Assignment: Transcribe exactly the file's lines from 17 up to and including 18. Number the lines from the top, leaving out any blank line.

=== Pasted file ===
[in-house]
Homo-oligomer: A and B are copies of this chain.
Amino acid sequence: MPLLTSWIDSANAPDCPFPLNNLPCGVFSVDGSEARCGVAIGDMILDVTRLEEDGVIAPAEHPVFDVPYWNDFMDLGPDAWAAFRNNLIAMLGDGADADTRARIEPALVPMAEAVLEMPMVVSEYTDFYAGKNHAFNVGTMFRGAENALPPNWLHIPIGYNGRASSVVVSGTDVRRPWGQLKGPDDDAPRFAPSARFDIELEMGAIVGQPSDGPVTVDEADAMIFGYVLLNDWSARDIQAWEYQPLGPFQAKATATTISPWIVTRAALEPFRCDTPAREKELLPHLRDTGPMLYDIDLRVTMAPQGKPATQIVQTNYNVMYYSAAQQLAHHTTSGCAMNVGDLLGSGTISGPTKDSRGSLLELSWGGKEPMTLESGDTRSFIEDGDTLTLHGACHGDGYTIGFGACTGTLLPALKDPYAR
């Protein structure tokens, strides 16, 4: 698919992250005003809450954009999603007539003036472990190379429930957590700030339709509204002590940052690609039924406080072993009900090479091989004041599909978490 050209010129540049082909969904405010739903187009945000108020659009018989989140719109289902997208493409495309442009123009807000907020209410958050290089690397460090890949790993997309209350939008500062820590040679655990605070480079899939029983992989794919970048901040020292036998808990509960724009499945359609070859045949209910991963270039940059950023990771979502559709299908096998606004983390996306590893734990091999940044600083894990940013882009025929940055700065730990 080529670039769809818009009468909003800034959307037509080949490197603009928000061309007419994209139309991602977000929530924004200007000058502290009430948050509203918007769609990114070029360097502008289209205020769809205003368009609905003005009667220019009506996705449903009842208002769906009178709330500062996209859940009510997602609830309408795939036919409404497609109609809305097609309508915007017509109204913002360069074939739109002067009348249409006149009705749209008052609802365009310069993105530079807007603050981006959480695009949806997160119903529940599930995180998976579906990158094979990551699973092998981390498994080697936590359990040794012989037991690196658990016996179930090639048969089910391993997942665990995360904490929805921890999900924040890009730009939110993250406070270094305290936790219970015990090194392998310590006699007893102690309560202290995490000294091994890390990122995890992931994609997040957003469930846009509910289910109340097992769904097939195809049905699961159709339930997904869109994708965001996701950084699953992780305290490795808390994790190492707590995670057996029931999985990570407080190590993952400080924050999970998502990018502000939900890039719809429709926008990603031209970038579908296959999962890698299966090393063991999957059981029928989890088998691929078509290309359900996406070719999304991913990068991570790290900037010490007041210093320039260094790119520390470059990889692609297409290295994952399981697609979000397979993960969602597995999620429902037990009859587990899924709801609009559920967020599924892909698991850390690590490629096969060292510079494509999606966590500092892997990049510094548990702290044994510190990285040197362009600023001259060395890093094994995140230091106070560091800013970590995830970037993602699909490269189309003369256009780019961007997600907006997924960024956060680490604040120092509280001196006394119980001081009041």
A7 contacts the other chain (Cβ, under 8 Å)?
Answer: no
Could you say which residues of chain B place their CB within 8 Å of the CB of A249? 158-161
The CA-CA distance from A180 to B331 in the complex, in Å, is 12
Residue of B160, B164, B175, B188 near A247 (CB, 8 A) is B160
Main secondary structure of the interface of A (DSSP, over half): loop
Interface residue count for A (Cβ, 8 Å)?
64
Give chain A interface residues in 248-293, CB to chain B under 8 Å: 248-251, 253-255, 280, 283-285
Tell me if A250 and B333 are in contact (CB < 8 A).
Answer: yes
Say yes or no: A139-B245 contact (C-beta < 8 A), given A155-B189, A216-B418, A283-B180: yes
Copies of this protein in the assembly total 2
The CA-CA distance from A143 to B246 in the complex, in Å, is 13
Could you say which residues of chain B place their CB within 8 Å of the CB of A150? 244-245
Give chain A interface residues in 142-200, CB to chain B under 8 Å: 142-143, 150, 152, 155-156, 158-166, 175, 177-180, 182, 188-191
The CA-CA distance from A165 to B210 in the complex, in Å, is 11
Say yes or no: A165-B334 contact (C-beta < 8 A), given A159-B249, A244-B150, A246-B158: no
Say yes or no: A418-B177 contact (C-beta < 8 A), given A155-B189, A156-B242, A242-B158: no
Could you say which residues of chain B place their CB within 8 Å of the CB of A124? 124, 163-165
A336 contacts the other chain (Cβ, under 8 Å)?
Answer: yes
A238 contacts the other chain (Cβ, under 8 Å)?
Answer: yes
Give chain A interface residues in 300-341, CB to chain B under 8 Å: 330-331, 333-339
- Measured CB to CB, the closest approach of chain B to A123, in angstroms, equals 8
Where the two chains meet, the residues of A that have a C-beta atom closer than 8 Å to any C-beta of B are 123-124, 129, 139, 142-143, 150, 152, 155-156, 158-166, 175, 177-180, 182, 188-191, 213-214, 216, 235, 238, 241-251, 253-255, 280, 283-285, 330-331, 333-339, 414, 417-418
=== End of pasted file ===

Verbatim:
Copies of this protein in the assembly total 2
The CA-CA distance from A143 to B246 in the complex, in Å, is 13